Consumer Behavior

    In 1998 American tobacco companies were sued by the states. Tobacco companies agreed to pay annual sums of money to the states to compensate them for health-care costs related to smoking and the states increased "sin taxes" to reduce consumer consumption. A sin tax can increase the cost of the product to help off set the economic cost to others and to decrease a particular behavior. Efforts to tax tobacco in the U.S. have generated several million dollars of excess revenues for the states, however, it has not impacted current tobacco users. Tobacco is an inelastic product and the taxes have not significantly affected consumption.

    500px-Cigarette_Tax_Per_State.svg.pngScreen Shot 2020-10-01 at 4.43.23 PM.png

    For more information on taxes and consumption see: A Behavioral Economics Perspective on Tobacco Taxation.

    In addition to sin taxes, there are taxes that can encourage certain types of activities, such as adding solar power to a house can earn a homeowner a tax credit. Home ownership is encouraged, so the federal government will allow homeowners to use interest payments on mortgages as a tax deduction.

    Resource Allocation

    Whenever a tax is levied, it will affect production. That is because a tax placed on a good will increase the price of that product when it is sold. This tax can shift the supply curve to the left, and the cost of the tax will eventually be passed on to the consumer. When a product increases in price, consumer reaction is predictable --- they buy less. When sales fall, the producer may have to cut back on production or cut labor costs to cover the decrease in product sales. If sales fall and do not rebound, it may impact the other factors of production. If this occurs, then labor, capital, or entrepreneurs may have to move to other industries and be "reallocated". If the products are "elastic" then consumers generally will purchase substitutes if they are less expensive, or they will not purchase the more costly items until the market readjusts. If the product is inelastic, then the consumer may have no choice but to purchase it, while adjusting spending in other areas to offset the increase in prices.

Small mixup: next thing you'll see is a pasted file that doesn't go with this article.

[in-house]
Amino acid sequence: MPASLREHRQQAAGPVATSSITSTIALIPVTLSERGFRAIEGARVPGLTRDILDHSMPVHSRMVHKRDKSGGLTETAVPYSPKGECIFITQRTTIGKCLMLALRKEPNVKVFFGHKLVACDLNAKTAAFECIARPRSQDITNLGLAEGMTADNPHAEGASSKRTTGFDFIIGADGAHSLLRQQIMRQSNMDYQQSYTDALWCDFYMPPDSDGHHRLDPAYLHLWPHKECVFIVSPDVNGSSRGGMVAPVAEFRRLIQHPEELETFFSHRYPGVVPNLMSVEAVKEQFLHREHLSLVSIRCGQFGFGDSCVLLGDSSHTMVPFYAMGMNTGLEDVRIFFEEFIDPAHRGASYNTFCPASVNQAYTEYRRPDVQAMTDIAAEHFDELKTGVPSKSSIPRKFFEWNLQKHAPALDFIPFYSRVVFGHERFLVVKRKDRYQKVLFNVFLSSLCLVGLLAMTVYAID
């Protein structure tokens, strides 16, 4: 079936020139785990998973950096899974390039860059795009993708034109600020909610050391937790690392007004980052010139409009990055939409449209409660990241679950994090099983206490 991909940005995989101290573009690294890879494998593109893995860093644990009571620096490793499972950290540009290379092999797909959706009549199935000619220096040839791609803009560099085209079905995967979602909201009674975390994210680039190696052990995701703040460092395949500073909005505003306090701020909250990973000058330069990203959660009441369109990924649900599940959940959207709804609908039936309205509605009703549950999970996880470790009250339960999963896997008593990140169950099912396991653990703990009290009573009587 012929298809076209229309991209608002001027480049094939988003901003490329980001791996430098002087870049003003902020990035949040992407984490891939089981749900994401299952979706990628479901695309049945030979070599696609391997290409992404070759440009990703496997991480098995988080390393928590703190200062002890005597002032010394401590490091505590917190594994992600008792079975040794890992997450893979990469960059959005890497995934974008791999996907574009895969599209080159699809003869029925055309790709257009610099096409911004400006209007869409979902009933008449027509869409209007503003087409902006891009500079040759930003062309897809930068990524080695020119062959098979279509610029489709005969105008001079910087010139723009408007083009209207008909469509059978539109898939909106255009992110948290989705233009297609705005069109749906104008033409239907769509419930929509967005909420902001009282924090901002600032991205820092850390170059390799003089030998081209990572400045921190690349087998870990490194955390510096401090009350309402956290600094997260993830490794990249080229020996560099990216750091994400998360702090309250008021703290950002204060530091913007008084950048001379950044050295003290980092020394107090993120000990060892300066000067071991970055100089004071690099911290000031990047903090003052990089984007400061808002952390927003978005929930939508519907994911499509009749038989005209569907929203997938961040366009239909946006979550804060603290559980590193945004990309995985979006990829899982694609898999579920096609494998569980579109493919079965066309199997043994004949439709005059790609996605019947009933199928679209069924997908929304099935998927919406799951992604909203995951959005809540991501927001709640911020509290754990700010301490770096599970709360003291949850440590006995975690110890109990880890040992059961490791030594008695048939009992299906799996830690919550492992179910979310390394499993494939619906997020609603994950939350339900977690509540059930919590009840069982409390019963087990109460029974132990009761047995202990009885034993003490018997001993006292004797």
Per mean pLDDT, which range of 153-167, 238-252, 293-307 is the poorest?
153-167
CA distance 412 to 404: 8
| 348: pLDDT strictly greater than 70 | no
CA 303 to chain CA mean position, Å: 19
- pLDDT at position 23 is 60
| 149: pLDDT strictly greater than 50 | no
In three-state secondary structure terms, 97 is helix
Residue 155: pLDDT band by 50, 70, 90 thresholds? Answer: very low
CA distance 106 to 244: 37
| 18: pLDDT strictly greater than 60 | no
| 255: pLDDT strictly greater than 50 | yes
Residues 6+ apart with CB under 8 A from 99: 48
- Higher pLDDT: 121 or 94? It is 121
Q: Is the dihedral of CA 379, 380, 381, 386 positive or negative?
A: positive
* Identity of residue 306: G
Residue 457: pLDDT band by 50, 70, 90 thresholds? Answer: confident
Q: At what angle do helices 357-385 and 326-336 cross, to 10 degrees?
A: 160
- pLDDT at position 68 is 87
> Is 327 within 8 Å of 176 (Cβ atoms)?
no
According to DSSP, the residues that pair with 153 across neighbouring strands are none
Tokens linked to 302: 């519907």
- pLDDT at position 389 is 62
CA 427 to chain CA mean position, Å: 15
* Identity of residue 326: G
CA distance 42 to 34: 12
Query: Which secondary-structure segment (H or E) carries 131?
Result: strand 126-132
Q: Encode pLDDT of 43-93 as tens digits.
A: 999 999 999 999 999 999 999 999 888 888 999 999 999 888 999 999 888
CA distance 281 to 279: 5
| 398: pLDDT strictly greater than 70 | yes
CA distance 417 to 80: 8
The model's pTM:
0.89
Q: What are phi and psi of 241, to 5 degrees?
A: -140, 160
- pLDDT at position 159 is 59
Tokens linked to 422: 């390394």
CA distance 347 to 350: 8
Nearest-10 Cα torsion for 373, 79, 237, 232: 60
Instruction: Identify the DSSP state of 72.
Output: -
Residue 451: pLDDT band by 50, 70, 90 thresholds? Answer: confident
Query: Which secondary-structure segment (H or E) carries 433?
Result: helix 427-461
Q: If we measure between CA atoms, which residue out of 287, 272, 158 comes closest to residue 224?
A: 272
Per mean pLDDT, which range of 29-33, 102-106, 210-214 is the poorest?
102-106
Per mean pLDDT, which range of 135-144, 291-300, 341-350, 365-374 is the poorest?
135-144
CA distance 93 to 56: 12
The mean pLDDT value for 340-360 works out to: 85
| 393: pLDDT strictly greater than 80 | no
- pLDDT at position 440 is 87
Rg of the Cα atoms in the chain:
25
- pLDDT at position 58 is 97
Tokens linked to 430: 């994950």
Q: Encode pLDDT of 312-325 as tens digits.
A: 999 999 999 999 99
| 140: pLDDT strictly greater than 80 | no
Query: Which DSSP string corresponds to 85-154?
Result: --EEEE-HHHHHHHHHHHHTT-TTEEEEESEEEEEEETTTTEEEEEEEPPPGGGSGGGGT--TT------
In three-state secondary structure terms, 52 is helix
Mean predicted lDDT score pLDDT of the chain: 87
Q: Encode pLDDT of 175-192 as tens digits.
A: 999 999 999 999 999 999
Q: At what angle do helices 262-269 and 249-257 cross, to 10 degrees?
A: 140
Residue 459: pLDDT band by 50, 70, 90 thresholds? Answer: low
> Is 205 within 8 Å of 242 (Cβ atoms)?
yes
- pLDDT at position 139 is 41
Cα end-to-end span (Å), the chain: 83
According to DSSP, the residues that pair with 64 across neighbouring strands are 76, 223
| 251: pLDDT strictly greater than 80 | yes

Productivity and Growth

    Lastly, taxes can impact both productivity and economic growth. There is a theory that if taxes go up, people will be less inclined to work hard to earn more money since they will need to pay more in taxes. It is hard to quantify if this theory is, in fact, valid. If people work hard, earn extra money, then pay more in taxes, will they really decide that the extra money they have made is not worth it since they had to pay more in taxes at the end of the year? It is doubtful. The extra amount of taxes paid are indexed and because the taxes are taken out of a person's pay before he or she ever sees it, there should be no negative consequences. Of course, a person may be upset at how much has been taken out for the purposes of paying taxes, but the additional earnings should off-set any reasonable amount paid in taxes. There is probably a level at which too many taxes, or too high of taxes, can affect productivity and growth, and this is therefore why people want lower taxes.

    Effective Taxes

    Taxes must meet three criteria for people to be willing to pay them: efficient, simple, and equitable. Effective taxes must be efficient so that they are easy to administer and successful at generating enough revenue. Depending on the tax it may be very efficient, like individual income taxes, or less efficient such as toll road taxes. Individual income taxes are withheld from a person's paycheck and sent directly to the Internal Revenue Service. At the end of the year, the employee has paid his or her taxes, and now the paperwork must be completed to verify the total amount that should have been withheld from the employee's income. Since payroll taxes are computerized, there is no burden for either the employer nor the employee, to have the taxes withheld.